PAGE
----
NQT Advice: CVs, Teacher Cover Letters & Interviews

Becoming teacher can be just as tricky as any other profession – you need to get your foot in the door, gain as much experience as you can, network effectively and be driven, enthusiastic and hard-working at all times. But with so many aspiring teachers, PGCE students and NQTs out there- only the strong survive! So Impact is here to guide you on your way to greatness with fantastic tips, tools and advice to get you your dream teaching job!

Cover Letter Tips

Given the competitive nature of the teaching profession, first impressions are everything! Many applications are solely judged on appearance and the first few lines, so it’s imperative that you stand out.

Taking your time over your cover letter and CV. Make sure it’s all up-to-date and accurate is straightforward. If a little tedious way of getting yourself noticed. Being sure to include ALL your experience and training is the best way to secure an interview, but you must also be careful not to exaggerate anything you include as employers often expect explanations and proof of what you have mentioned.

The following is a classic cover letter structure:

Name& address: Placed on the right-hand side of the cover letter page.

Date: On the next line but starting on the left hand side.

Recipient’s Name: Make sure this is correct- do some quick research if need be!

Address: It’s imperative that this is accurate.

Dear: Include their title and surname.

Job title/position and reference number if applicable: Always check your spelling!

First paragraph: Bold statement outlining why you want to apply for the job and what appeals to you about the school.

Second paragraph: Research the school and tailor your letter by saying something specific about the strengths of the school. Expand on why you want to be considered.

Third paragraph: Often combined with the second paragraph, this should highlight YOUR strengths and why your skills, experience and knowledge would make such a great asset to the school. Make plenty of links between the school and yourself- where do its aims coincide with yours? Always back up your statements with evidence and refer to your CV.

Fourth paragraph: Any additional points- perhaps what you hope to gain if offered the vacancy, how it fits into your career plans or any little extras you might want to mention such as any voluntary work, interest/hobbies or travelling you have done.

Concluding paragraph: Always finish your cover letter on a positive note- tell them when you’ll be available for interview (and for work) and that you look forward to hearing from them.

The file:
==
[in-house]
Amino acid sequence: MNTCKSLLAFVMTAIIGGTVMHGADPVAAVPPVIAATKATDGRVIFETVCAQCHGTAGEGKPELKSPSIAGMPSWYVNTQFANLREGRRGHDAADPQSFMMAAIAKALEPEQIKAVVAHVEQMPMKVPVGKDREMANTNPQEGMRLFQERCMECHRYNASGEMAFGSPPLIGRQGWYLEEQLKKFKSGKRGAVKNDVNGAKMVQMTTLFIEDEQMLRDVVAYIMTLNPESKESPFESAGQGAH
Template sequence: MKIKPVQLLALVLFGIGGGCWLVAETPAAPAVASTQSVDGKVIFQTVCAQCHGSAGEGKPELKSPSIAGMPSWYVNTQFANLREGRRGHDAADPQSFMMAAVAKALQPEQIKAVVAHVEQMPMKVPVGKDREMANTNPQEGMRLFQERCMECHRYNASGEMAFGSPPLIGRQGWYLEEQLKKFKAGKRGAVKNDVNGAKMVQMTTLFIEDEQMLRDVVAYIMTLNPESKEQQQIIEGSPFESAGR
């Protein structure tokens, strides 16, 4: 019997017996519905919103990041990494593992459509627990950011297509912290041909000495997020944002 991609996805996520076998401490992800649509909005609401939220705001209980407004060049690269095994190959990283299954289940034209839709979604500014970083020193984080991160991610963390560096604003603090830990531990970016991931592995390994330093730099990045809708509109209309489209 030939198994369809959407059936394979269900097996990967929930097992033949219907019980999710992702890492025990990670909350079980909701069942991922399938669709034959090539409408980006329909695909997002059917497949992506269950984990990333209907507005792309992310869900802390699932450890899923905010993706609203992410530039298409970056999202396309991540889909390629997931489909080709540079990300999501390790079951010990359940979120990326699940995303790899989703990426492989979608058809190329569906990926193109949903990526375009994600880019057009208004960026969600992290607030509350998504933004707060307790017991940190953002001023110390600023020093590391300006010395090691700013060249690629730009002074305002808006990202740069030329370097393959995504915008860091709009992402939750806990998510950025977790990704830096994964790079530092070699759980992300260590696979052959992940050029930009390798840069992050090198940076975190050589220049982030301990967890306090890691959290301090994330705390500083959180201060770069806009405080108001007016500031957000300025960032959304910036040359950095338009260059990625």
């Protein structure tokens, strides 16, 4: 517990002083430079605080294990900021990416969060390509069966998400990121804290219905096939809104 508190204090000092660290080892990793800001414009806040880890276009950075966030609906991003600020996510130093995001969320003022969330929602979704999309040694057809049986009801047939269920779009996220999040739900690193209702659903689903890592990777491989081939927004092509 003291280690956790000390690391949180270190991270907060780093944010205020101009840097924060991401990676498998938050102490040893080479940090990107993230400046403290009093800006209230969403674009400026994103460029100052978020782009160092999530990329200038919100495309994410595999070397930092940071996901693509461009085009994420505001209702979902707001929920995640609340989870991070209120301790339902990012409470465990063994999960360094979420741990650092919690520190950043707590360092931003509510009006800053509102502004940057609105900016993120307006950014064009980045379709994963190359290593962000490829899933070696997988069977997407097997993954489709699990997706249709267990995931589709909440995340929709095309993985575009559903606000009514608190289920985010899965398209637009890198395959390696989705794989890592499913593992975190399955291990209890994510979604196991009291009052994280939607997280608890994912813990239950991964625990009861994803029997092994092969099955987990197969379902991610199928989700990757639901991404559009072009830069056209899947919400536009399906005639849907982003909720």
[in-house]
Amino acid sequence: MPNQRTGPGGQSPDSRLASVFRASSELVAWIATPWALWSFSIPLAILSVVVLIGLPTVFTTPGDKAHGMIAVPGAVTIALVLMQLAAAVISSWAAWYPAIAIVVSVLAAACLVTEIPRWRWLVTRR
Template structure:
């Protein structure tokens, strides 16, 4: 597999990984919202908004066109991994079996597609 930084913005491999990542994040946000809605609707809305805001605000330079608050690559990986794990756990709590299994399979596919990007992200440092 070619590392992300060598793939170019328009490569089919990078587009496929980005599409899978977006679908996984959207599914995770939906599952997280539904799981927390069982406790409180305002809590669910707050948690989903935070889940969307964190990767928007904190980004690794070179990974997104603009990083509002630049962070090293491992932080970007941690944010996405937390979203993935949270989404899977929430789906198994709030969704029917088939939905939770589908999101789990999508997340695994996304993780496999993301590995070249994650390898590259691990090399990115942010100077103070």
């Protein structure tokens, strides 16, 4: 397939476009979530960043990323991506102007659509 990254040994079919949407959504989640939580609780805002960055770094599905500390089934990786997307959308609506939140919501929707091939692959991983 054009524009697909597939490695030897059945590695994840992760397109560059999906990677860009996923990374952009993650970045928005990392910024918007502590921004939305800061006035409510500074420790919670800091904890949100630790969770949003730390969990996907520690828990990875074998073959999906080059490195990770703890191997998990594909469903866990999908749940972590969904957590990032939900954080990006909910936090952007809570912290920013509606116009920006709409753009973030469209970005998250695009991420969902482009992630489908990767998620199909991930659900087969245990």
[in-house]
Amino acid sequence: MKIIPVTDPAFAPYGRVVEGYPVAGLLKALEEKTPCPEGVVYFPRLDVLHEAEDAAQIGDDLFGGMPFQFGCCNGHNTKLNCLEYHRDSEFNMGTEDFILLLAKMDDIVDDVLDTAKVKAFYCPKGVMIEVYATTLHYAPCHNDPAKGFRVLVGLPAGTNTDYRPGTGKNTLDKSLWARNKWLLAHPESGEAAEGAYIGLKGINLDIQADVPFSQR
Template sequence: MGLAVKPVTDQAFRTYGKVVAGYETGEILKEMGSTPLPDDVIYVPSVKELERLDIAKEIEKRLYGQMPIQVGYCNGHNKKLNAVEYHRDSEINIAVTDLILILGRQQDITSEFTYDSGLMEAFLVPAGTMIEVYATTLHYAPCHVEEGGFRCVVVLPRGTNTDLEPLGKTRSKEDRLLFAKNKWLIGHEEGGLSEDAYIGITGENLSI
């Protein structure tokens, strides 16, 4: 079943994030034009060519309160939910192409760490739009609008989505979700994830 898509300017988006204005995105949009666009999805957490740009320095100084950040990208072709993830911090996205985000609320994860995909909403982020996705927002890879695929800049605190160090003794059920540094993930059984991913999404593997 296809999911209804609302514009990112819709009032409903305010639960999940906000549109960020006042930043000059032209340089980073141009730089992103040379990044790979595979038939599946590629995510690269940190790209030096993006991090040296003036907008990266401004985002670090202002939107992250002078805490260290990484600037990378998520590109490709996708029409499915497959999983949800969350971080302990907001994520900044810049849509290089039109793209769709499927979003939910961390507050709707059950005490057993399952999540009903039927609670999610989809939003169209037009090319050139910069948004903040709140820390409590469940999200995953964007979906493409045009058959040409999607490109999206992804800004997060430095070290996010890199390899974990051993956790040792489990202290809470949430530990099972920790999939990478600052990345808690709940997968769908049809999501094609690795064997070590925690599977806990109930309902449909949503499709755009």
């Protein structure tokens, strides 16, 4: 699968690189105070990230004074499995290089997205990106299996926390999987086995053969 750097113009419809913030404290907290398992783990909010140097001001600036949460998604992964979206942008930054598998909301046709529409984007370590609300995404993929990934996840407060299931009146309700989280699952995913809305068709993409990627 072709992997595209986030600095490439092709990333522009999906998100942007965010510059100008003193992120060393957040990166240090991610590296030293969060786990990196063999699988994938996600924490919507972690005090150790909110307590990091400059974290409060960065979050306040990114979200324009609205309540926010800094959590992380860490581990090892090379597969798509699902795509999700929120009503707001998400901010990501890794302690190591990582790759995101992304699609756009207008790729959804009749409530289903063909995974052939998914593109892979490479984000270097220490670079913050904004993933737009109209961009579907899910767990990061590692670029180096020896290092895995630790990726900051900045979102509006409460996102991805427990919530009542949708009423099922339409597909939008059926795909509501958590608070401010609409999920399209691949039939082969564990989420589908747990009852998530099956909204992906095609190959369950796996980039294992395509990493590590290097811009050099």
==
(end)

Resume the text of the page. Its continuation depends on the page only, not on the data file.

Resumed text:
CV CV Tips

–          Never longer than 2 pages.
–          Work listed should be in chronological order from most recent onwards.
–          Use a clear font.
–          Highlight keywords.
–          Be brief!
–          Use plain, succinct English– avoid jargon.
–          Only include hobbies and interests that correspond to the role or teaching as a whole.
–          Identify your referees.
–          Use positive language.
–          Always check your spelling, grammar and punctuation!

Interview Tips

In your answers to interview questions ensure that you are clear about why you want to teach and why you want to teach in that particular school. Keep the person specification in mind.

If you have taught a demonstration lesson, expect to be asked how it went. Give an honest evaluation, focus on the pupils’ learning and be prepared to discuss how it might be improved.

interview Research the school and the vacancy type. You should be well-versed in what you can offer the school, what they can offer you and how your training matches the role.

You are likely to be asked about your strengths. Be able to give supporting evidence including practical examples of your achievements in the classroom. More importantly plan what weaknesses or ‘areas for development’ you are willing to share. Referring to a final placement report will add credibility. Giving examples of your developing practice in this area and describing how you intend to strengthen it will indicate your suitability for the position.

Whether relevant to the particular role or not, make sure you are aware of the differences there are in teaching, for example, a class of Year 7 (11-year-olds) and Year 11 (15-year-olds).

Don’t be cheesy or generic when inevitably being asked why you want to teach. Explain your genuine reasons behind it and back them up with your experience and training.

Confidence and Determination

Whilst it is important that you show you the confidence and determination to problem-solve, do not be afraid of saying that you would ask for guidance and clarification if needed.

Show passion for the subject(s) you’ll be teaching and be enthusiastic throughout. Take or make the opportunity to let the panel know what else you can offer to enrich the pupils’ experiences and add to the life of the school. Where there is fierce competition for jobs it may be these extras that make you stand out and make a difference.

Research about current educational issues and changes. You may be asked your opinion on recent news or issues and it’s so important that you remain as neutral as possible so as not to offend anyone.

You are likely to be asked if you have any questions- and you must make sure you do! This reflects your interest in the role. Be attentive when receiving responses and be careful to only pose questions that will strengthen the case for you to be appointed.

It is usual to be asked whether you remain a firm candidate for the post. Expect this question and give a clear, positive answer.

Marianne Calnan(Social Media & Marketing Administrator)


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